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See detailGenetic heterogeneity of bovine noroviruses in Italy
Di Martino, Barbara; Di Profio, Federica; Di Felice, Elisabetta et al

in Archives of Virology (in press)

By screening 104 faecal samples from asymptomatic calves in Italy, bovine norovirus RNA was detected with a prevalence rate of 10.5 % (11/104). A continuous sequence spanning the RdRp region and the 50 ... [more ▼]

By screening 104 faecal samples from asymptomatic calves in Italy, bovine norovirus RNA was detected with a prevalence rate of 10.5 % (11/104). A continuous sequence spanning the RdRp region and the 50 end of the capsid gene was generated for 7 of the 11 strains. Upon phylogenetic analysis, five strains were grouped with GIII.2 Newbury2-like viruses, and one strain was grouped with GIII.1 Jena-like noroviruses. Interestingly, one strain (80TE/IT) was genetically related to the GIII.1/Jena/80/De in the RdRp but resembled the GIII.2/Newbury2/76/UK in the capsid gene, suggesting a recombination event occurring in the ORF1/ORF2 junction region. [less ▲]

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See detailGenetic identification of distinct loci controlling mammary tumor multiplicity, latency and aggressiveness in the rat
Quan, X.; Laes, Jean-François; Stieber, D. et al

in Mammalian Genome : Official Journal of the International Mammalian Genome Society (2006), 17(4), 310-321

The rat is considered an excellent model for studying human breast cancer. Therefore, understanding the genetic basis of susceptibility to mammary cancer in this species is of great interest. Previous ... [more ▼]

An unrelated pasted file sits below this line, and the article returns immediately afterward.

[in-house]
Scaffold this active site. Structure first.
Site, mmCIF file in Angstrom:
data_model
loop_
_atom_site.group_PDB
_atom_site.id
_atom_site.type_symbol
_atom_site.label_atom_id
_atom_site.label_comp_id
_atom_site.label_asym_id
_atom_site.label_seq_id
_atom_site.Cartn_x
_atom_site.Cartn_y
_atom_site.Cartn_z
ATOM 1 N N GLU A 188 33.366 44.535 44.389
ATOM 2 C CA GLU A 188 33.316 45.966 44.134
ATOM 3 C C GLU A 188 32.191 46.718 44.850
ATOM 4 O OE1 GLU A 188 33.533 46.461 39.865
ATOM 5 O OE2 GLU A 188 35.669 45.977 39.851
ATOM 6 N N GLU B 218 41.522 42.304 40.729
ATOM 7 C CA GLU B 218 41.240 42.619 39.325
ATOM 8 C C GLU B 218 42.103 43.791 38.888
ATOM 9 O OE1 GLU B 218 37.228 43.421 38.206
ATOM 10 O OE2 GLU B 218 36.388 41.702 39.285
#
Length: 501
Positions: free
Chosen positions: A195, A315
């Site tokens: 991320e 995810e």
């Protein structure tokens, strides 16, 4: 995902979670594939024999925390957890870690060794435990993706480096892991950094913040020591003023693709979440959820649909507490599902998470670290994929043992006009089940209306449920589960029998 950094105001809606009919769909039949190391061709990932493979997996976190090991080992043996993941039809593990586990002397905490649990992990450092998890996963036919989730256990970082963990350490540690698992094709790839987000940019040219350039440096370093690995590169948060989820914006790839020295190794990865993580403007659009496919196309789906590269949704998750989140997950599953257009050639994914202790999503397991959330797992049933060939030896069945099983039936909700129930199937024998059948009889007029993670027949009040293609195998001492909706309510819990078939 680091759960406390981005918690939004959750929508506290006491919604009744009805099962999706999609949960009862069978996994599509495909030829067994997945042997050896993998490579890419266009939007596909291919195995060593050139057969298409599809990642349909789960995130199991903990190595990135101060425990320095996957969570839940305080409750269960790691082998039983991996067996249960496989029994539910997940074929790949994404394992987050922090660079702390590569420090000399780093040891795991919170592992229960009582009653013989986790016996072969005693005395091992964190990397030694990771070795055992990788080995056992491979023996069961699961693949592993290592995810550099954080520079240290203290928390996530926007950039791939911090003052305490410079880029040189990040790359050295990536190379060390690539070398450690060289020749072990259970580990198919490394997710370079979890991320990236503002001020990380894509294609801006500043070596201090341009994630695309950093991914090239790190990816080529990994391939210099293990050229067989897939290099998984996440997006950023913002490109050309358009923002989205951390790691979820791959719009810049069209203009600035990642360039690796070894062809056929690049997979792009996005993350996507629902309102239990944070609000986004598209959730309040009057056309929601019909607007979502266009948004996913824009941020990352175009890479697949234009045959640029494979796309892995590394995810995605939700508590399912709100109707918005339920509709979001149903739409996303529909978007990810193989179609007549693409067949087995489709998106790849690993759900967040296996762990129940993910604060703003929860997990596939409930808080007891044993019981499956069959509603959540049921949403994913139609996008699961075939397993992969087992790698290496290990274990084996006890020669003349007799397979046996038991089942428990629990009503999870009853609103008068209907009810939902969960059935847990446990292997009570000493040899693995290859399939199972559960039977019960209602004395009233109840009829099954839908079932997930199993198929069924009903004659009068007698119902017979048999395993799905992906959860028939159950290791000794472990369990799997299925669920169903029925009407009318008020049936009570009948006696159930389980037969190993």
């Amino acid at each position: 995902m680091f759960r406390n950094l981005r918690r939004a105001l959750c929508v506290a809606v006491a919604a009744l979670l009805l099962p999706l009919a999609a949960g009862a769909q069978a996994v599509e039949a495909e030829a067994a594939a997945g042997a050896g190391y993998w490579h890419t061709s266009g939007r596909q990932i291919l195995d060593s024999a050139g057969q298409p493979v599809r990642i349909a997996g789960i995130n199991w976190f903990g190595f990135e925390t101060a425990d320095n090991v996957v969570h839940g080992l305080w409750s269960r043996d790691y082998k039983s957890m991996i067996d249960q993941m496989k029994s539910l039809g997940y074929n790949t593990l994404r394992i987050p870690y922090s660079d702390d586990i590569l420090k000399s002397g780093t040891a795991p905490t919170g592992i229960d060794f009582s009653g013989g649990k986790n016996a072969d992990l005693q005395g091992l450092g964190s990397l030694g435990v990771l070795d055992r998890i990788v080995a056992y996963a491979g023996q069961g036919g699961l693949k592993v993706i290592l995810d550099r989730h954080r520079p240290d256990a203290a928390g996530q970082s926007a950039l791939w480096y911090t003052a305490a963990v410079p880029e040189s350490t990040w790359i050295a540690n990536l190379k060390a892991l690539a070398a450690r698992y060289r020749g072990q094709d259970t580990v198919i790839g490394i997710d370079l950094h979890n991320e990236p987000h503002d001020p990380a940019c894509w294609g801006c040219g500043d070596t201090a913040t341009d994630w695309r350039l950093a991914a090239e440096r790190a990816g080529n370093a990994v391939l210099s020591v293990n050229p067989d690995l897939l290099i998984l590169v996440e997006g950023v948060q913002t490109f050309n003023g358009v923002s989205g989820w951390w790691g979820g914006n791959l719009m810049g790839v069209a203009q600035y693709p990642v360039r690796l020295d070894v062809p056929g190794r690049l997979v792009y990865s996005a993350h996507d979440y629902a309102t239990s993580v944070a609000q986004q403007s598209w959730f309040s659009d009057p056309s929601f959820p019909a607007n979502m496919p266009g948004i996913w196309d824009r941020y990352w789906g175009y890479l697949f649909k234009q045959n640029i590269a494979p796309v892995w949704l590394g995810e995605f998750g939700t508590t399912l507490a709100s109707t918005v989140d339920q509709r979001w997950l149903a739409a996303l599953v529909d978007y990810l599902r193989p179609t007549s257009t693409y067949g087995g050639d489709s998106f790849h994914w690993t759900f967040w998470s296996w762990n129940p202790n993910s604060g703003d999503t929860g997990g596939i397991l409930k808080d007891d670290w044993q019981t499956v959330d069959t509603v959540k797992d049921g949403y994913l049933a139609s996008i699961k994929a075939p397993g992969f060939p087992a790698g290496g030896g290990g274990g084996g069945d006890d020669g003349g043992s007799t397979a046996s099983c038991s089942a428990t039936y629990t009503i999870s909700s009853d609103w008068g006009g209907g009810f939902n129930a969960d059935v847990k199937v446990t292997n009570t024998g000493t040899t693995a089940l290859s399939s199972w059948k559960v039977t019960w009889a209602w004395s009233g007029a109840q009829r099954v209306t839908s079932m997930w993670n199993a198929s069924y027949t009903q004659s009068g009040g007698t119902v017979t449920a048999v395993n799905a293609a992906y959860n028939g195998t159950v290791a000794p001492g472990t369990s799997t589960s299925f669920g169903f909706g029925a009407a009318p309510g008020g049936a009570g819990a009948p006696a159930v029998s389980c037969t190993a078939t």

The rat is considered an excellent model for studying human breast cancer. Therefore, understanding the genetic basis of susceptibility to mammary cancer in this species is of great interest. Previous studies based on crosses involving the susceptible strain WF (crossed with the resistant strains COP or WKY) and focusing on tumor multiplicity as the susceptibility phenotype led to the identification of several loci that control chemically induced mammary cancer. The present study was aimed to determine whether other loci can be identified by analyzing crosses derived from another susceptible strain on the one hand, and by including phenotypes other than tumor multiplicity on the other hand. A backcross was generated between the susceptible SPRD-Cu3 strain and the resistant WKY strain. Female progeny were genotyped with microsatellite markers covering all rat autosomes, treated with a single dose of DMBA, and phenotyped with respect to tumor latency, tumor multiplicity, and tumor aggressiveness. Seven loci controlling mammary tumor development were detected. Different loci control tumor multiplicity, latency, and aggressiveness. While some of these loci colocalize with loci identified in crosses involving the susceptible strain WF, new loci have been uncovered, indicating that the use of distinct susceptible and resistant strain pairs will help in establishing a comprehensive inventory of mammary cancer susceptibility loci [less ▲]

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See detailGenetic Imbalances in Preleukemic Thymuses
Verlaet, Myriam ULg; Deregowski, Valérie; Denis, Ghislaine et al

in Biochemical and Biophysical Research Communications (2001), 283(1), 12-8

To understand the molecular mechanisms involved in preleukemia, the suppression subtractive hybridization method was used in a murine radiation-induced thymic lymphoma model. Seventeen mRNAs overexpressed ... [more ▼]